Tuesday, November 30, 2010

New Social Media Tool for Charities

With the constantly evolving realm of social media, PR execs are now charged with keeping up with the latest and greatest social media sites and tools.  Today's New York Times talks about the newest social media venture that the PR industry should take notice of. Jumo, created by a Facebook founder, launched today in an effort to connect people with nonprofits and charities. As stated in the NYT article, Jumo is aimed at doing the same thing for charities that Yelp did for restaurants and the retail business.

So, if you are tasked with handling community relations for your client or if you work for a nonprofit, or even if you're simply trying to spread the word about a cause you are personally vested in, this site is something you need to explore.  While there is no telling how successful this site will be, my hope is that it will create increased awareness for all those local charities out there that don't have the resources or deep pockets to generate awareness as well as increased donations for their causes. One thing is for certain, you don't want to get left behind in the next wave of social media tools. Our team is always trying to stay ahead of the curve, proactively looking for opportunities for our clients' next community outreach campaign - Jumo is just one more social media site we'll be researching.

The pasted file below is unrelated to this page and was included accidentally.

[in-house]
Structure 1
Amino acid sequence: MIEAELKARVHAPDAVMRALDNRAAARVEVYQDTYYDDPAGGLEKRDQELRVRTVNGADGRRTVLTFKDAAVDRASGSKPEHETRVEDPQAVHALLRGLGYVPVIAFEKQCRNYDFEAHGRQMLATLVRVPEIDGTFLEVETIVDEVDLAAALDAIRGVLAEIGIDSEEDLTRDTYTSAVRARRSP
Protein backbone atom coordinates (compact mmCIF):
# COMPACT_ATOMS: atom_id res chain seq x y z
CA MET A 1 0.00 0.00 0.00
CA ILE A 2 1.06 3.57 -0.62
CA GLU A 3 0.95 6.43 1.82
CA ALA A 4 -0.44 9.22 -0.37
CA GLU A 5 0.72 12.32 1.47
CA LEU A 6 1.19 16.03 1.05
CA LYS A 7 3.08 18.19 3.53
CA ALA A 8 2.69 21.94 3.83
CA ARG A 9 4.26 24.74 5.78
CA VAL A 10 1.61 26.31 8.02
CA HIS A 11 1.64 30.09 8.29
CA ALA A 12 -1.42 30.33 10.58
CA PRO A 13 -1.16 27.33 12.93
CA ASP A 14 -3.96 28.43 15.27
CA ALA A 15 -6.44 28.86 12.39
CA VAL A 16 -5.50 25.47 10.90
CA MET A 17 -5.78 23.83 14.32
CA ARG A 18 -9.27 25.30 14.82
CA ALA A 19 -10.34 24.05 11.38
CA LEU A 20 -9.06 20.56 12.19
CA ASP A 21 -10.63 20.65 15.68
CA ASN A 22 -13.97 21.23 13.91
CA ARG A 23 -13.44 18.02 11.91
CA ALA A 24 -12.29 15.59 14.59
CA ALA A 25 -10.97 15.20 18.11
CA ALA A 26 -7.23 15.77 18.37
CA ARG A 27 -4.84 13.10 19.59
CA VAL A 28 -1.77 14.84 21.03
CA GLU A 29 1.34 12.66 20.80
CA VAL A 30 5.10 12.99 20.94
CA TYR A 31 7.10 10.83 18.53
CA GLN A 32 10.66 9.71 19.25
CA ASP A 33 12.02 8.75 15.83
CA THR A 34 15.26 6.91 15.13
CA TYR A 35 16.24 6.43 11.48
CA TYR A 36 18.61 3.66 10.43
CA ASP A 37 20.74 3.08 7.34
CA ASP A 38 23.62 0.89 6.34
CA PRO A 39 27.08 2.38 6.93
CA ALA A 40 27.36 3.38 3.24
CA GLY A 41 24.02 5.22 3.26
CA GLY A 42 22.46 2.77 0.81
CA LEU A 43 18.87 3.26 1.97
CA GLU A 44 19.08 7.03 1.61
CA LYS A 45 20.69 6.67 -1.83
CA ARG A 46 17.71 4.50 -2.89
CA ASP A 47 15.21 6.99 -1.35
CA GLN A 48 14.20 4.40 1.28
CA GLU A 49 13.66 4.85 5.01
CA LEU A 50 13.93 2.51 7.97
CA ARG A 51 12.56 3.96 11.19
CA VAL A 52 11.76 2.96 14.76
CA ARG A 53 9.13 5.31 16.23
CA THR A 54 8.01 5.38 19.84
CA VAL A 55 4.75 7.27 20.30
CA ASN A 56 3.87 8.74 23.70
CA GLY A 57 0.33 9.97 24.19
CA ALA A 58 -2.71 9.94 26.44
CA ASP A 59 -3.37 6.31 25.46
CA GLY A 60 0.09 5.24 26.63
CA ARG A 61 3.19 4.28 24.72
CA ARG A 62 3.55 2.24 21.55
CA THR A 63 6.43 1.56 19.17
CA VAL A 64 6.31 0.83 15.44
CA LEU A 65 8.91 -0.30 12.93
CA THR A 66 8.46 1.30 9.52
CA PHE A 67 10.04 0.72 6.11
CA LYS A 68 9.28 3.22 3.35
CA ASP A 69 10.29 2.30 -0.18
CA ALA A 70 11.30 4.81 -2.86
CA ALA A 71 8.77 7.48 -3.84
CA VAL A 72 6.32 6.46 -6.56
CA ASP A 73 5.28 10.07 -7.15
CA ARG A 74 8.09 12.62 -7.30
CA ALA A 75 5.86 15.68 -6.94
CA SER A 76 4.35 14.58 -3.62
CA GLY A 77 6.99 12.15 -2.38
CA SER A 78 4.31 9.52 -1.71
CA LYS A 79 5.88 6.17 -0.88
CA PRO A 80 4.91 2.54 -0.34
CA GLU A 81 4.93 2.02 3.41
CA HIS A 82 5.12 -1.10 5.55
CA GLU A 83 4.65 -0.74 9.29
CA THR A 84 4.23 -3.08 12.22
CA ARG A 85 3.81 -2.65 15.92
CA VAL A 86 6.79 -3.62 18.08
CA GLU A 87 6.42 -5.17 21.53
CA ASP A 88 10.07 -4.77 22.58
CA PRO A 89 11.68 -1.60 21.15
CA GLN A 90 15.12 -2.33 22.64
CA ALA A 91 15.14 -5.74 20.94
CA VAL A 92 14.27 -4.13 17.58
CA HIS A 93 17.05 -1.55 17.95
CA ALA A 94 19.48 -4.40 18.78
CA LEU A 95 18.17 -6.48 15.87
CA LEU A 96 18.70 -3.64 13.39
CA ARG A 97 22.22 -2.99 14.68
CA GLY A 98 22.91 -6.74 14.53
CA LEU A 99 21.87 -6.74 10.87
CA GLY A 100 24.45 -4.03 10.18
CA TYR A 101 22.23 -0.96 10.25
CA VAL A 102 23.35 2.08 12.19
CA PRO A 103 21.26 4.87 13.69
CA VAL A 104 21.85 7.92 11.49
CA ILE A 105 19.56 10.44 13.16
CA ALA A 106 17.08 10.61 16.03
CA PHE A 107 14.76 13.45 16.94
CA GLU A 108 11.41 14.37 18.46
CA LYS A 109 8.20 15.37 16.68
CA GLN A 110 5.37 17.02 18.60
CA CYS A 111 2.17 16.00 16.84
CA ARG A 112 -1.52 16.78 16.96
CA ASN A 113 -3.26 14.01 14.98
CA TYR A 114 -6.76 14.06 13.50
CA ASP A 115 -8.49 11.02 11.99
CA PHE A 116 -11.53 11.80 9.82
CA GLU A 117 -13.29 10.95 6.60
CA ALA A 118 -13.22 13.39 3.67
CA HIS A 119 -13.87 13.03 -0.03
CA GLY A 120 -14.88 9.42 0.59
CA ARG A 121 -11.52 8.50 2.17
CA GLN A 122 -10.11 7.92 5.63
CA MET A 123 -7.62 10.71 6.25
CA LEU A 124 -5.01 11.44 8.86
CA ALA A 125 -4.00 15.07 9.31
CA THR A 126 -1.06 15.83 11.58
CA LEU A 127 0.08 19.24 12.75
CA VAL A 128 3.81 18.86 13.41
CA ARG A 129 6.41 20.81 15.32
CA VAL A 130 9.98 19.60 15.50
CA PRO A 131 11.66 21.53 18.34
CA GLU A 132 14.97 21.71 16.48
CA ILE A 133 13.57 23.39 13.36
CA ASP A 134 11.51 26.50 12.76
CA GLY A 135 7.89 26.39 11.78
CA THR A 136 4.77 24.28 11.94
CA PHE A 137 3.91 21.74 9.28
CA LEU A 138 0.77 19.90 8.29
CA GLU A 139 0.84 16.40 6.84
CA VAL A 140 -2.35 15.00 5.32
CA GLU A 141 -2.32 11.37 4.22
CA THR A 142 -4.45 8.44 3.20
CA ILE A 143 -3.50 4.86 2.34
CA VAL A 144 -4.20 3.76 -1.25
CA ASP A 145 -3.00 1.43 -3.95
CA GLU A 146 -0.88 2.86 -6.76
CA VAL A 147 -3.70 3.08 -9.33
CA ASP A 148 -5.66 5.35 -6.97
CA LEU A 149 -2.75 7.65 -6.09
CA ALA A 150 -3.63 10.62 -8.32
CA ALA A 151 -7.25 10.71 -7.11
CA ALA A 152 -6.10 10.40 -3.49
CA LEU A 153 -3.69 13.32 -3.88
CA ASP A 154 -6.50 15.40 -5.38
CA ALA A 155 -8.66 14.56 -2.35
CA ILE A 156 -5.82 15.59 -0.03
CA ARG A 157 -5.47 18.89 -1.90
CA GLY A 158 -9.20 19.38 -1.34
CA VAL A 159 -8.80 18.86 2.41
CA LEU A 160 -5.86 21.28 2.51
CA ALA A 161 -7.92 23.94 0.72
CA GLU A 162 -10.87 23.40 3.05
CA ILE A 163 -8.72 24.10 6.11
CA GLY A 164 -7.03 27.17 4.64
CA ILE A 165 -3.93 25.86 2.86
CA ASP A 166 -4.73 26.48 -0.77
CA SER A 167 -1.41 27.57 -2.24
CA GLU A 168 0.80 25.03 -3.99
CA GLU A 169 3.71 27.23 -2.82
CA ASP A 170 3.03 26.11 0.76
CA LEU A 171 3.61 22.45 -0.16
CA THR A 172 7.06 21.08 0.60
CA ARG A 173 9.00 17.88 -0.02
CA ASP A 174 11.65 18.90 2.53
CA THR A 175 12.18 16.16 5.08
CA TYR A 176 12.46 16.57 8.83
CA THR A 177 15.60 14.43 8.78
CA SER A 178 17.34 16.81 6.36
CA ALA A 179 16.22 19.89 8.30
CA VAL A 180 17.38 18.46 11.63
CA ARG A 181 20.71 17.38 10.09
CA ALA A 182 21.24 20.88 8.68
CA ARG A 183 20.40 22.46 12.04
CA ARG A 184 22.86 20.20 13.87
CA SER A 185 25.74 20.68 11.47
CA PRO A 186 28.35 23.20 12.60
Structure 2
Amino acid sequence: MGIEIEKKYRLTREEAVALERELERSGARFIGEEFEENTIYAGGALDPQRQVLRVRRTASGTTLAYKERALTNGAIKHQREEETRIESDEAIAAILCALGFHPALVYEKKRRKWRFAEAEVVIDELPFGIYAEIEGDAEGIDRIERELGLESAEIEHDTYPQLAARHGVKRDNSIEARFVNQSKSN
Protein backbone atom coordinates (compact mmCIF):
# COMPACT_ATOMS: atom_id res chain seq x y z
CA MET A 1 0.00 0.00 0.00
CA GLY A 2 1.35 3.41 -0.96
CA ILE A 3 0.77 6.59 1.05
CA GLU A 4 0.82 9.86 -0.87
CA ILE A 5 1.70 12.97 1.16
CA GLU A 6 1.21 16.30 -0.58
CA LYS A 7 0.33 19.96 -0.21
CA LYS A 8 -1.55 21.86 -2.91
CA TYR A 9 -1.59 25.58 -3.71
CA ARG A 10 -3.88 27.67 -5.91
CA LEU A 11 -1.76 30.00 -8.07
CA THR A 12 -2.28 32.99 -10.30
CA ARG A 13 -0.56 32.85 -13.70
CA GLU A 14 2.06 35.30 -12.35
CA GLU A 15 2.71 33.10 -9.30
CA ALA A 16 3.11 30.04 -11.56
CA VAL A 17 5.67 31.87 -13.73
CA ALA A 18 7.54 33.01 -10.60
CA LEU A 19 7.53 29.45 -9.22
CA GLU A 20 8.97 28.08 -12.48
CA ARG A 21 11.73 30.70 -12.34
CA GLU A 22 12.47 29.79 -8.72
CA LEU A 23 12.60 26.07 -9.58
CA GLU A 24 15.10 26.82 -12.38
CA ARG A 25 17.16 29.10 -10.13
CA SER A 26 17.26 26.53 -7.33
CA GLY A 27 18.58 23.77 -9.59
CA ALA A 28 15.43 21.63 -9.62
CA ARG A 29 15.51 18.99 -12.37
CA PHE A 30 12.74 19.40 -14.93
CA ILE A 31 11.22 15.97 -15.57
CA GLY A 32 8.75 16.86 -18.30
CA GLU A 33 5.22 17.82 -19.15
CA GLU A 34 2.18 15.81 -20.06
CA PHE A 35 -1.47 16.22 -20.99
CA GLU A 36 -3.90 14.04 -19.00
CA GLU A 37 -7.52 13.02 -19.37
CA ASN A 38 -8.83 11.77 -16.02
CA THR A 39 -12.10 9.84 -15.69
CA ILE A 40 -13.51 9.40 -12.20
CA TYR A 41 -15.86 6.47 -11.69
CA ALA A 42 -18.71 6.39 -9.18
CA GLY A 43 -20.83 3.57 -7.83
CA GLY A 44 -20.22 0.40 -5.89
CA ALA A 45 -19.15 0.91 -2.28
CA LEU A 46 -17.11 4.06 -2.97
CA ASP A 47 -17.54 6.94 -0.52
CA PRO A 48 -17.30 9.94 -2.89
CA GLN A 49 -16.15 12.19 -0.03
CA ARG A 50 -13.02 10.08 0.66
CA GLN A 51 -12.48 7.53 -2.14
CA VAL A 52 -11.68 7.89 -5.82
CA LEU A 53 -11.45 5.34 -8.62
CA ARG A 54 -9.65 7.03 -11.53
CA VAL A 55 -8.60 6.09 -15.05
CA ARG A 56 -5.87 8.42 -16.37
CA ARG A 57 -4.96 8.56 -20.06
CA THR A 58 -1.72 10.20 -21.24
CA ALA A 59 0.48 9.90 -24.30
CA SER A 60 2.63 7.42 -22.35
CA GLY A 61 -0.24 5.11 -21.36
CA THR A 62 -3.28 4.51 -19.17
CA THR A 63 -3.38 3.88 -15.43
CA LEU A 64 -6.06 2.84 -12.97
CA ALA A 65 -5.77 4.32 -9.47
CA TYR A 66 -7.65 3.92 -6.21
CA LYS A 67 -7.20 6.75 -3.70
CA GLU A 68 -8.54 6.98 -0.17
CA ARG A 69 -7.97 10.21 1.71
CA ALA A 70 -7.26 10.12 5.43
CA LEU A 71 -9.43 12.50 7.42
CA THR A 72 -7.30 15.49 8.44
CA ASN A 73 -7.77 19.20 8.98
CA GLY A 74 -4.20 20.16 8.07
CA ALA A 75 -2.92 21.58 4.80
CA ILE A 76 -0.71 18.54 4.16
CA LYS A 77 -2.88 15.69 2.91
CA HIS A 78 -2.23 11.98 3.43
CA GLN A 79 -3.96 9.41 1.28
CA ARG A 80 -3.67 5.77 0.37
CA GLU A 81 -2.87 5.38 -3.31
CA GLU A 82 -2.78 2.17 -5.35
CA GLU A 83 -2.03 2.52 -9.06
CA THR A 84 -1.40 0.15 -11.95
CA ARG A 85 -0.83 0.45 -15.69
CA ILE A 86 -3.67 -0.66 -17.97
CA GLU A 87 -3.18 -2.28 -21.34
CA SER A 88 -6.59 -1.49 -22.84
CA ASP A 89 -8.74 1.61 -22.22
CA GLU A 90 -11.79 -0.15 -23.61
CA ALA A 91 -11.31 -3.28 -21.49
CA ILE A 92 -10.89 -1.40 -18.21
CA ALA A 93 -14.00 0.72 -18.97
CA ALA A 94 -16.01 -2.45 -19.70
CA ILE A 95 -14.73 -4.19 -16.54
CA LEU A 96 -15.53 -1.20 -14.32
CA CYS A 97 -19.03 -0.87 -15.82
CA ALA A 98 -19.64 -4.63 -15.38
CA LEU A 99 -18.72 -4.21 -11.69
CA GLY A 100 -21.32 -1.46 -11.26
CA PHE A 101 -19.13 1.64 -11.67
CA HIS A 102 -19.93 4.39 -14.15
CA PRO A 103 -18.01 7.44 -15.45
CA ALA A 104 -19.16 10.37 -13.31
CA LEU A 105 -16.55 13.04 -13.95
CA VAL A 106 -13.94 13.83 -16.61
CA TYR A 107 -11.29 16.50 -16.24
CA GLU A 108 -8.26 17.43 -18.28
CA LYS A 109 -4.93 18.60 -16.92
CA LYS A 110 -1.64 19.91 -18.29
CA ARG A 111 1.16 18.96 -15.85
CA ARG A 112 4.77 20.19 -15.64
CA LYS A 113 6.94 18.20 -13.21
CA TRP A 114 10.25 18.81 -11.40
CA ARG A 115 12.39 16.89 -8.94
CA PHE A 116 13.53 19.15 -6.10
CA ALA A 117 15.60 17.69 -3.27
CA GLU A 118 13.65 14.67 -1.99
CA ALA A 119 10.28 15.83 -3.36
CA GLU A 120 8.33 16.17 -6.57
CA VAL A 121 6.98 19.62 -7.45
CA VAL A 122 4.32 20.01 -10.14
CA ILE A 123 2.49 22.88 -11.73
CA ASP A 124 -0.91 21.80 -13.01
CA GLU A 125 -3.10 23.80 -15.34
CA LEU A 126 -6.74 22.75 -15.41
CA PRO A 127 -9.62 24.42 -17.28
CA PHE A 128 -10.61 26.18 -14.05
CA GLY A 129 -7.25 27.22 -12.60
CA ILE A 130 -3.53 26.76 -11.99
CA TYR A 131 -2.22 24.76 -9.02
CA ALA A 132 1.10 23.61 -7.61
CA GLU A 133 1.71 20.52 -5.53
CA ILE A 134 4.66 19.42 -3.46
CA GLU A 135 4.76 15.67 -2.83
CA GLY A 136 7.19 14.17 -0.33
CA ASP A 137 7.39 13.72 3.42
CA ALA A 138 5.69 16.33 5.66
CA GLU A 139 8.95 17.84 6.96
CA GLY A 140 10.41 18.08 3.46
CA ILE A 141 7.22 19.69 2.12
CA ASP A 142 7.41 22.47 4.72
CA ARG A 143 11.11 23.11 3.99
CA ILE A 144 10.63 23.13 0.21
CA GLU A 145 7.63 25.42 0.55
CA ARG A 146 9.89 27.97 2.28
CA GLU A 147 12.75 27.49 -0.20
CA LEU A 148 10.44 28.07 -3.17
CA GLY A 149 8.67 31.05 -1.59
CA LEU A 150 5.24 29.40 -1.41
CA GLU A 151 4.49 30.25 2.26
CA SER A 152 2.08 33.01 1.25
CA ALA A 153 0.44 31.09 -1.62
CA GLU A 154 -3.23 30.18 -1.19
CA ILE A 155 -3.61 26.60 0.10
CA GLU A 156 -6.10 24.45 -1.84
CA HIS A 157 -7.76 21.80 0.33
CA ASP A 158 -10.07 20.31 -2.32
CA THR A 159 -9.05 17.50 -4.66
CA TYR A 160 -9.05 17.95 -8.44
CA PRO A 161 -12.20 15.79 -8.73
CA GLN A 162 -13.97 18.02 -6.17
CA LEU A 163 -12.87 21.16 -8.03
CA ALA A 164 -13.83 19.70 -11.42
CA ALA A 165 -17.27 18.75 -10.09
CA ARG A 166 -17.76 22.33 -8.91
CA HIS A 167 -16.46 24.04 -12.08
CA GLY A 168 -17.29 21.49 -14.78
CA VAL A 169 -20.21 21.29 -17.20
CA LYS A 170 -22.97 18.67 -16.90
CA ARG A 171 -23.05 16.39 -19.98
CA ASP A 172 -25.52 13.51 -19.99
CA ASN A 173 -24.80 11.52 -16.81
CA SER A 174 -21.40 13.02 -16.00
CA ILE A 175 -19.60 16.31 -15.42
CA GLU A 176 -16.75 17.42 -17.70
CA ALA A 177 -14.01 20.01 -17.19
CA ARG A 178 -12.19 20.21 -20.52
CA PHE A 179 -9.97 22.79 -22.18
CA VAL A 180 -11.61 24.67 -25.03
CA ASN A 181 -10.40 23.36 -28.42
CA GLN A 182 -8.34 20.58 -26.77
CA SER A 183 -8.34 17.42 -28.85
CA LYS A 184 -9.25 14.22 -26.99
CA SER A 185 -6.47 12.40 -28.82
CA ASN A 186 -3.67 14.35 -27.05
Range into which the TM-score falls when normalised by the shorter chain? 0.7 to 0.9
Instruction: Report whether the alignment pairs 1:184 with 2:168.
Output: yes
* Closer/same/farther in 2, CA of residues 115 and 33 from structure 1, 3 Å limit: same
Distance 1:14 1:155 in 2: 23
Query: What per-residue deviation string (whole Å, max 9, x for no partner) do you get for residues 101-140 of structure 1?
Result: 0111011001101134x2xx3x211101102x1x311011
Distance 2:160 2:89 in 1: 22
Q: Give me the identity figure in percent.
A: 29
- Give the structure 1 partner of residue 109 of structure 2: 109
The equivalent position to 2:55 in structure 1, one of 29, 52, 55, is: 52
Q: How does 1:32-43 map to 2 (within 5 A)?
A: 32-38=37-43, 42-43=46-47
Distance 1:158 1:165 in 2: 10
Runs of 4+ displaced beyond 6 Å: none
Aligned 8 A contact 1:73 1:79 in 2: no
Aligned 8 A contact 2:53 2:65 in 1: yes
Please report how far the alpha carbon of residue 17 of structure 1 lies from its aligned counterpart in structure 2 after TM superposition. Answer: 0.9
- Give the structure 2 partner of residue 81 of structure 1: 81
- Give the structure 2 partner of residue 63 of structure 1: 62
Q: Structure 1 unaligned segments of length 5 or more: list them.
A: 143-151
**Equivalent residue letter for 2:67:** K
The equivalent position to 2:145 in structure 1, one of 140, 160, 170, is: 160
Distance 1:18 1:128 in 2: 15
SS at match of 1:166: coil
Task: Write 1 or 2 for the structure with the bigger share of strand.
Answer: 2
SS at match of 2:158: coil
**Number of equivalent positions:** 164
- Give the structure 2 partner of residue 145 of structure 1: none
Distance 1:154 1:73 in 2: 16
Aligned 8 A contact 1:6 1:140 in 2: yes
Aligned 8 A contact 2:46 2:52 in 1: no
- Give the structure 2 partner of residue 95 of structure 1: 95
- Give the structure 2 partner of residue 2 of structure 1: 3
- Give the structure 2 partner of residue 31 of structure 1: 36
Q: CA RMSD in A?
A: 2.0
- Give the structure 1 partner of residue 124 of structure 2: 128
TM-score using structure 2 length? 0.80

This blog was contributed by Leah Ekmark. 

Friday, November 19, 2010

PR in the Postseason

Last month, the Texas Rangers made it to the World Series for the first time since the team’s inception 38 years ago. Okay, so I know this is old news, and don’t worry, I’m not going to rehash the entire goings-on of this year’s postseason.  In a nutshell, the Rangers lost in five games to the San Francisco Giants. While it was a hard loss for long-time Texas fans, we couldn’t stay sad for long since the loss came after a career season full of ups and more ups. So, why am I writing about this? It’s been over for a few weeks, after all.